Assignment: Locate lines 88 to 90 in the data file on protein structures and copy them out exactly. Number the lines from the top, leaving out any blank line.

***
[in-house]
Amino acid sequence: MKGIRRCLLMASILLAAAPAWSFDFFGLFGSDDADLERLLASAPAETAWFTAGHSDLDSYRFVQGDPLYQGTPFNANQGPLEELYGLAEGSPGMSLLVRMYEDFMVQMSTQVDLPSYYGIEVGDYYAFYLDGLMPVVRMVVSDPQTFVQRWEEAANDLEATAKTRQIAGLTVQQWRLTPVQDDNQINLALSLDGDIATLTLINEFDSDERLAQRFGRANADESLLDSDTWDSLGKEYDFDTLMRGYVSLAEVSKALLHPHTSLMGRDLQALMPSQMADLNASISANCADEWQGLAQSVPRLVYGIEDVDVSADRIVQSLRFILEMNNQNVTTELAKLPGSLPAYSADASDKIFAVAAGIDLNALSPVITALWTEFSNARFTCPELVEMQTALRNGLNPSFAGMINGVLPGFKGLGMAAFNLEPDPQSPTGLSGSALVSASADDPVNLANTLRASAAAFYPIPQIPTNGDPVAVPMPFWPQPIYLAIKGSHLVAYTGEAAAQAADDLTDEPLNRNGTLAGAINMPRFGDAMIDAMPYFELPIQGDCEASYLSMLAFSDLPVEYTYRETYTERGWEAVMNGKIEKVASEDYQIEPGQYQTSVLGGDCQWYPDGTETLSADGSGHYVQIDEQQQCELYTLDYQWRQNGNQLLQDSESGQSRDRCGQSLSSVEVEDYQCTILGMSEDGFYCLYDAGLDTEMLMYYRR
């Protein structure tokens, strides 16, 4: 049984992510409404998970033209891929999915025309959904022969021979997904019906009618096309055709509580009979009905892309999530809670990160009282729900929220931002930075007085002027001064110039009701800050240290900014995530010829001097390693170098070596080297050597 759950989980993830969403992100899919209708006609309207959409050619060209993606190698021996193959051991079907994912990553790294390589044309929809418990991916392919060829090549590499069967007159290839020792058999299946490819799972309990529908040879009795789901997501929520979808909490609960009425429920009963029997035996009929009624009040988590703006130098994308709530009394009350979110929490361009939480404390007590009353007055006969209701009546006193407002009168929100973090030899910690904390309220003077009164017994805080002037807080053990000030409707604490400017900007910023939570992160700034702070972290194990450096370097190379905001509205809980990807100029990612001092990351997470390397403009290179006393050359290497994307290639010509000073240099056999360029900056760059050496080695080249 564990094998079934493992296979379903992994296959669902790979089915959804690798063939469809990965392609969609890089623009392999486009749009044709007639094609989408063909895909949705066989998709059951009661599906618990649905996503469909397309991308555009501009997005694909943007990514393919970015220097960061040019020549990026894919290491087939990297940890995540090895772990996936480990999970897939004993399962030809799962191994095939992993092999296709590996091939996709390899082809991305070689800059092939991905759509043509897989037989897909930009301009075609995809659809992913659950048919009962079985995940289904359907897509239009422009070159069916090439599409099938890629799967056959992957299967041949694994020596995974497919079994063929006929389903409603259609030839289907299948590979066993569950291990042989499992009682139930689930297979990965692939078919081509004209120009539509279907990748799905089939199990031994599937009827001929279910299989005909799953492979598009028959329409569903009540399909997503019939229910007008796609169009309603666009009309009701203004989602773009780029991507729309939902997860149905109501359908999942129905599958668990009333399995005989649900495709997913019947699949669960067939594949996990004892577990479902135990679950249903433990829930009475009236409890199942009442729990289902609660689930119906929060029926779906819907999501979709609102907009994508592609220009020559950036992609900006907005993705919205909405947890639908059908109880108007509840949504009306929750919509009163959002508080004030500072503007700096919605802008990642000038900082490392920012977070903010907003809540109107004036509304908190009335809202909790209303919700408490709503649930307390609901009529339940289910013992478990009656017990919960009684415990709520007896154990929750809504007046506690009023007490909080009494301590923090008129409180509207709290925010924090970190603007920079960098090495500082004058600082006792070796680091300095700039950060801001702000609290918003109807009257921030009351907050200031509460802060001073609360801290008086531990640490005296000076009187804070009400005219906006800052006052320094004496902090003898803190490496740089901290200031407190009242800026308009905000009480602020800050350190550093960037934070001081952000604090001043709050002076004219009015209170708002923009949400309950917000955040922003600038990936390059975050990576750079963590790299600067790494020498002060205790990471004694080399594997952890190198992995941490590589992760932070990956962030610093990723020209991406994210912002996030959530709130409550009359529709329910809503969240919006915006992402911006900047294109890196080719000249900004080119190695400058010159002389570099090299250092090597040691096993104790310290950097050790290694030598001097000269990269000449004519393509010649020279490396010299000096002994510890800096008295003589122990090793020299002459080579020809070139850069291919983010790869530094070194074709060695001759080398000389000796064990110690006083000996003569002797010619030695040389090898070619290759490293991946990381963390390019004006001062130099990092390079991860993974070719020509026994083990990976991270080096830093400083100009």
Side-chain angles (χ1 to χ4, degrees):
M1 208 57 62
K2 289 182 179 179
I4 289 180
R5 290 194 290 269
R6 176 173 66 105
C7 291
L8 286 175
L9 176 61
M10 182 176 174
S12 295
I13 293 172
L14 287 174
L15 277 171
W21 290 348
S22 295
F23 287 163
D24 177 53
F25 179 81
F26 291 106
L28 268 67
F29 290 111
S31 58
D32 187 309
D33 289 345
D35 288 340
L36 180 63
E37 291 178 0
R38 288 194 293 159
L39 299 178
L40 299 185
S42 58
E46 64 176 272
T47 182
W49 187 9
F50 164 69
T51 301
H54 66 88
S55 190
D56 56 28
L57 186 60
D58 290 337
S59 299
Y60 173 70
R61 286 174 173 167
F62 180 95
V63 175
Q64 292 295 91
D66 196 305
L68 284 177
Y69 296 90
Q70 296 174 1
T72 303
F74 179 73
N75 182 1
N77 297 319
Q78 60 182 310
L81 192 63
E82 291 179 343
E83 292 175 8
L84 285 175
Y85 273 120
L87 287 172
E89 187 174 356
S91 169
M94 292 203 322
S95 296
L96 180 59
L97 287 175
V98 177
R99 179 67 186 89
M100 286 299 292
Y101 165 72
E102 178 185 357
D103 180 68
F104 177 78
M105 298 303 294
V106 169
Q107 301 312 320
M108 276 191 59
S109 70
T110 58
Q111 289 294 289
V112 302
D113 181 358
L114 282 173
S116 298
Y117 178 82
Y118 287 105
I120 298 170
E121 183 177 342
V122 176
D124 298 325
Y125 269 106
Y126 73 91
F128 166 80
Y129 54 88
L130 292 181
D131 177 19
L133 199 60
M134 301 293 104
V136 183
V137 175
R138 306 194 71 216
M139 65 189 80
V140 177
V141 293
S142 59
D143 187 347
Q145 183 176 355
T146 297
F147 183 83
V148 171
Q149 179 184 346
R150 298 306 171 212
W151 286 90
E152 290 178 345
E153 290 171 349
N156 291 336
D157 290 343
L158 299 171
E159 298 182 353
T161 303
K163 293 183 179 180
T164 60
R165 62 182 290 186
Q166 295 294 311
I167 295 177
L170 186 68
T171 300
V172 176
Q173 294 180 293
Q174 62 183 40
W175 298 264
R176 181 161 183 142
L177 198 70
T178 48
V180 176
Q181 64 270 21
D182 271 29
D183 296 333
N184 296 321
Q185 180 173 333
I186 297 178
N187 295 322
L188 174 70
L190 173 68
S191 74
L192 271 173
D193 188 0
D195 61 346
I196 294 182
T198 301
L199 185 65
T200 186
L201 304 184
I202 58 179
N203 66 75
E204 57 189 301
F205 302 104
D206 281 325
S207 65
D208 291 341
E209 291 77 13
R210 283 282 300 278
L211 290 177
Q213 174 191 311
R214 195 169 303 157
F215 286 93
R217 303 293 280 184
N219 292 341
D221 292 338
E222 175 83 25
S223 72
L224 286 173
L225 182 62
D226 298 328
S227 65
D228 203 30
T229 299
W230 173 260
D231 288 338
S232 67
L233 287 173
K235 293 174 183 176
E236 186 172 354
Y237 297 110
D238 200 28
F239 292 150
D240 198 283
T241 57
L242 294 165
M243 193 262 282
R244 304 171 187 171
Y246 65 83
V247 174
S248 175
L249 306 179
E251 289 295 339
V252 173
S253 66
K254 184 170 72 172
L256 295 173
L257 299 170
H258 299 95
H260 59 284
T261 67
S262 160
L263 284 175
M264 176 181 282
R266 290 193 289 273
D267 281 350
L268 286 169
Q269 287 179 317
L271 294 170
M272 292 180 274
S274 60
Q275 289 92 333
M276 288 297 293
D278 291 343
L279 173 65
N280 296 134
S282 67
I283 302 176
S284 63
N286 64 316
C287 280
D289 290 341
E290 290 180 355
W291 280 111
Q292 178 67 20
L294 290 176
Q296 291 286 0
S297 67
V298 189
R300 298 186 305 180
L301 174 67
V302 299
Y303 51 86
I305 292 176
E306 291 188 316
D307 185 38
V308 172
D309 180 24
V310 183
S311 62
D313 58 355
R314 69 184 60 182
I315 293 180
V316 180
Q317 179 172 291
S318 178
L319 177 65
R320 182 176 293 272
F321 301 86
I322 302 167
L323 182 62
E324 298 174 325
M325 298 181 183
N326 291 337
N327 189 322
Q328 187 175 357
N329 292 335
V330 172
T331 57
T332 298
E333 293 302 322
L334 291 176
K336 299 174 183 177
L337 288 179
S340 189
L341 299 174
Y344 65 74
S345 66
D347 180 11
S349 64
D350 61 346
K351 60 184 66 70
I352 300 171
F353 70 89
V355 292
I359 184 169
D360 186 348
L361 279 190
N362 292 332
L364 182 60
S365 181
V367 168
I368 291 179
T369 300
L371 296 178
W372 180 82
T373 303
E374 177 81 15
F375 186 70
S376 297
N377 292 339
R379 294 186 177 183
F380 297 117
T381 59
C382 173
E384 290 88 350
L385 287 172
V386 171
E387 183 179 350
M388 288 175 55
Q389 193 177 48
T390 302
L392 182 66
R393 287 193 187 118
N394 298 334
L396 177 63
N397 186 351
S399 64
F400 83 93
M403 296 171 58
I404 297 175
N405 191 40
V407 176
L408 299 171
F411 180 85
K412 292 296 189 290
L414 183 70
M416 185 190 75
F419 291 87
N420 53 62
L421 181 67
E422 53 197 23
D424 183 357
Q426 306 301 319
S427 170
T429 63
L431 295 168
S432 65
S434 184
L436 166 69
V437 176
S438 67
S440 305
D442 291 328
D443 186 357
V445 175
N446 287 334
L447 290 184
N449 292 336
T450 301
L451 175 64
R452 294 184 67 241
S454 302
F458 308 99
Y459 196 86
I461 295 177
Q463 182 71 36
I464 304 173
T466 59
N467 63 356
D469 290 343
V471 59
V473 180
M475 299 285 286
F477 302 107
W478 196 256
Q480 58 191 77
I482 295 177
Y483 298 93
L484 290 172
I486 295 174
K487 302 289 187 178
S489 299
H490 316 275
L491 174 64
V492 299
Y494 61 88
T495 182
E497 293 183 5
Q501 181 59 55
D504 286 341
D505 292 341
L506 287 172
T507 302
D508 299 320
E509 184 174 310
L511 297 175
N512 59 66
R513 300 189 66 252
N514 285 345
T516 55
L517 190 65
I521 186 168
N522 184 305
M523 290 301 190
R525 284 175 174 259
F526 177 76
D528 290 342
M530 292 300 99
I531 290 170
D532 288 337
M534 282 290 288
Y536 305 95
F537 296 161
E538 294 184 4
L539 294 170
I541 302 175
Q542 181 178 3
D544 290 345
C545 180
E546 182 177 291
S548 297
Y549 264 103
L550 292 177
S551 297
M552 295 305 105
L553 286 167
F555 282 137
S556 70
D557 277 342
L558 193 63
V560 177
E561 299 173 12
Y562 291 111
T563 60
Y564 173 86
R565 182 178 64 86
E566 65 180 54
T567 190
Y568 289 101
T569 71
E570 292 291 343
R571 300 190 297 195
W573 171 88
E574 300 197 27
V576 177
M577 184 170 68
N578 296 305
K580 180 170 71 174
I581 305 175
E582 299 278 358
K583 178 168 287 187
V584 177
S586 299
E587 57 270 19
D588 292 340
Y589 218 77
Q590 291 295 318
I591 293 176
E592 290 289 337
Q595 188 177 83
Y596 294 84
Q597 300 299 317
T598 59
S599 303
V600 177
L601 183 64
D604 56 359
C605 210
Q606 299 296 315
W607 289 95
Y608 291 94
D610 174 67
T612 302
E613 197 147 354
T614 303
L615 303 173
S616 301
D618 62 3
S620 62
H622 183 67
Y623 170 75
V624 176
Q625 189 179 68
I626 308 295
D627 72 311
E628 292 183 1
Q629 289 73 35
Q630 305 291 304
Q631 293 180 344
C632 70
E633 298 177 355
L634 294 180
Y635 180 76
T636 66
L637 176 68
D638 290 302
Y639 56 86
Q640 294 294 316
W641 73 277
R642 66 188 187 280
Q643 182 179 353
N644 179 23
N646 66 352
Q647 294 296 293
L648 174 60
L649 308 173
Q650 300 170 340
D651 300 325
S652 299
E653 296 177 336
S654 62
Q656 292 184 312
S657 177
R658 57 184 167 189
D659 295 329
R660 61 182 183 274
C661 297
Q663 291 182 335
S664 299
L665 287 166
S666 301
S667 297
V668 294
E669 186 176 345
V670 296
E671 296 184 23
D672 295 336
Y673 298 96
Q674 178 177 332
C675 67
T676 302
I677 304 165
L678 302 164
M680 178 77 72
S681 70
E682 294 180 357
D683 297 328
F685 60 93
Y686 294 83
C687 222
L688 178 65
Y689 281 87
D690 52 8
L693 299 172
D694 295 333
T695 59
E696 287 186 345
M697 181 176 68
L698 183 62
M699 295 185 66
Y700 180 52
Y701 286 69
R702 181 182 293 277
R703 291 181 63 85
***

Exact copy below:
D113 181 358
L114 282 173
S116 298